As the internet at large continues to shift towards content-as-a-service, separating the design layer even further from the actual content, Mura's builders have attempted to get one step ahead of the game.
By detaching the concept of a Mura "theme" from a "site", they have provided some important new global options for customizing core functionality and increasing overall flexibility.
Steve Withington explains the subtle-yet-important improvements in the latest version, highlighted thoroughly when Mura 7.1 was released.
Of particular interest, themes are now universally available, located in a top-level directory of their own, where they can be applied to every site in the Mura instance. Each theme can contain its own assets and methods for overriding core functionality, making it easy to modify multiple sites at once, in ways that are completely update-safe. (It is worth noting, existing Mura sites with traditional themes stored within the site folder will continue to work just fine in 7.1). "Your Mura site folders are going to be very lightweight now", Withington explained, "it is just going to be the site files. That's it."
Of particular interest, themes are now universally available, located in a top-level directory of their own, where they can be applied to every site in the Mura instance.
Along these same lines, Mura's core modules (formerly called "display objects") are now also located in a global directory, with the ability to create global overrides which will be available to all sites, or to customize them on a per-site or per-theme basis.
The new default theme, based on Bootstrap 4, can be replaced by a theme of your own in a dedicated repository, and will be instantly available to any new site you create in Mura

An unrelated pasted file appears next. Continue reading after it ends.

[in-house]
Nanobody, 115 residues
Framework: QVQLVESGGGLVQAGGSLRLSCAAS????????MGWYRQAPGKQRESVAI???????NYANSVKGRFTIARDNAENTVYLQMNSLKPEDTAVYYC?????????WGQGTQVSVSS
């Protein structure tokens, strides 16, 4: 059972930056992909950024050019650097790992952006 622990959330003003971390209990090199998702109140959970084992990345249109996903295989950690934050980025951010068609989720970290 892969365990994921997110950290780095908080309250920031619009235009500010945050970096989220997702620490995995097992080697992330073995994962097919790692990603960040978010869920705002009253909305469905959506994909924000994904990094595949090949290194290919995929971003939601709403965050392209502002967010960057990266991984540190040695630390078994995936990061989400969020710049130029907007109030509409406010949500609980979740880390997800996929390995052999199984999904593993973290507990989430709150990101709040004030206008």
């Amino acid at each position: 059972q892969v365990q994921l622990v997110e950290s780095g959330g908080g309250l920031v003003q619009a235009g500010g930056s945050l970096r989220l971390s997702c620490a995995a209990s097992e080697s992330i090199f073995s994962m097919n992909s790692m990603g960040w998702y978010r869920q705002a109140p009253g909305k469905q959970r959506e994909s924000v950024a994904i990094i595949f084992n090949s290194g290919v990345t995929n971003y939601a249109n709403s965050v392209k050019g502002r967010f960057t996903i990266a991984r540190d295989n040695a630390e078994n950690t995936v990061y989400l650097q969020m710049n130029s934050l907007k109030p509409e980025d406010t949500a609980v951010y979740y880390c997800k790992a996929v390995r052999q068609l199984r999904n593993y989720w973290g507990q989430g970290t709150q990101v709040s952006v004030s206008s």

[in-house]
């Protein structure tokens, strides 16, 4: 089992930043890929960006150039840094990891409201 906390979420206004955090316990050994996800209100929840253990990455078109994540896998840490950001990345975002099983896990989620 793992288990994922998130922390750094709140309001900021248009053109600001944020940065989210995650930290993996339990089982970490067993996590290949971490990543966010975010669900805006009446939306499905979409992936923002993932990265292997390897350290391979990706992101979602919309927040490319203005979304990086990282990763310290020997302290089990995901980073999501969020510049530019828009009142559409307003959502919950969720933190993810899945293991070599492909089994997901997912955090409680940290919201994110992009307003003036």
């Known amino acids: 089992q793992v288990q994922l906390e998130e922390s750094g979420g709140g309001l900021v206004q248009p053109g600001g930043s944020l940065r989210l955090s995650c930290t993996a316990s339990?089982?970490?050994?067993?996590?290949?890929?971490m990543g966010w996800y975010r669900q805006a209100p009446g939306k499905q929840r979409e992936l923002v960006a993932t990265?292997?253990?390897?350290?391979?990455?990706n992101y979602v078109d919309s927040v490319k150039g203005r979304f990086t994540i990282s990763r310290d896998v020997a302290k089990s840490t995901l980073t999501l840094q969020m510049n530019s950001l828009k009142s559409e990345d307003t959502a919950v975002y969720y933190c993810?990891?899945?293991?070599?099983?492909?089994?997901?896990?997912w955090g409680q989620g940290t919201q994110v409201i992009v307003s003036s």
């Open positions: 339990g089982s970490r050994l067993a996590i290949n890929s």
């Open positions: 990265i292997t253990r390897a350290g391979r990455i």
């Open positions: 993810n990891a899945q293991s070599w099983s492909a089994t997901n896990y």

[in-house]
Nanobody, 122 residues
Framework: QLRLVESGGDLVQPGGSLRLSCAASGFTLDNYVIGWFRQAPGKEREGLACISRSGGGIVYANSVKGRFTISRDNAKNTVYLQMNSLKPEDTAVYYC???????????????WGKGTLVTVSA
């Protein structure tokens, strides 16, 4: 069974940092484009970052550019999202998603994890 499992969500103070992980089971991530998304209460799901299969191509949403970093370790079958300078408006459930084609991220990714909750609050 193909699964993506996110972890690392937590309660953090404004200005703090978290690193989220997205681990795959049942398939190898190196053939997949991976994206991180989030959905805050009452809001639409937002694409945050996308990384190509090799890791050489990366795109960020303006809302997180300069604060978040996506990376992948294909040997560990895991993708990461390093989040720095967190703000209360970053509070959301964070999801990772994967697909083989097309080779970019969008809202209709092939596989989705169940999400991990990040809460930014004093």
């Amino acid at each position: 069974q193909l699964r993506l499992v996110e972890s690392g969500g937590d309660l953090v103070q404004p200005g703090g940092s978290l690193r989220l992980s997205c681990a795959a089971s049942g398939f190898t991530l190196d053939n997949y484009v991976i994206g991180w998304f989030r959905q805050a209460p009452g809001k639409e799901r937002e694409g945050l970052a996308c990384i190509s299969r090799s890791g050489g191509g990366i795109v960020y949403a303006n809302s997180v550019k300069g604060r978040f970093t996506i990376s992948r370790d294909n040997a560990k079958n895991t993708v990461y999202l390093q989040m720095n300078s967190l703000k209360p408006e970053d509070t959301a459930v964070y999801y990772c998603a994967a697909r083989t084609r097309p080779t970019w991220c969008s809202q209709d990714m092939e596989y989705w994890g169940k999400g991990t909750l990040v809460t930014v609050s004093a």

In addition to the global directory and file structure changes, Withington explained, the auto-update process has been streamlined, including options to update from a customized fork of the Mura core. While incremental updates have been more or less removed in favor of less frequent release points, Mura now provides the option to update your core files against your own repository, rather than Blueriver's master codebase.
Similarly, the new default theme, based on Bootstrap 4, can be replaced by a theme of your own in a dedicated repository, and will be instantly available to any new site you create in Mura, allowing for creation of your own "default Mura theme" which can be managed as an independent project.
With this new file structure, there are a few things to be aware of when moving content from any older version of Mura to 7.1, such as the changed locations for sites, themes and modules, and some slight variations to the way Mura generates content URLs for navigation links. The thorough and completely-updated documentation for Mura 7.1 covers these points and more with detailed instructions for upgrading to a new installation, as well as upgrading an existing Mura instance.
The overall focus and intention of this release is on simplification and globalization, creating Flow and reducing friction wherever possible,
The overall focus and intention of this release is on simplification and globalization, creating Flow and reducing friction wherever possible, while maintaining the familiar options for sites built in prior versions. By freeing the theme from the confines of any given site and separating the default Mura theme into an independent project, while allowing the theme itself to modify core functionality, developers are given new freedoms in the way themes are designed, structured and applied. Meanwhile, Mura is furthering the possibilities for "headless" data delivery, where no theme or front end exists at all.
In addition to this new approach towards stateless design and support for universal theme development, Blueriver continues to provide a solid stack of resources for those looking to sharpen their skills. Theme developers of any experience level will benefit greatly from familiarization with Mura's Theme Developer documentation.
In Mura v7.1, a completely new directory structure was introduced, along with other notable changes to Mura's flexible theme architecture.
Learn how you can use "modules" (formerly known as "display objects") to integrate exciting new functionality into your sites, and get expert guidance for upgrading to v7.1 from previous versions in this free, on-demand presentation.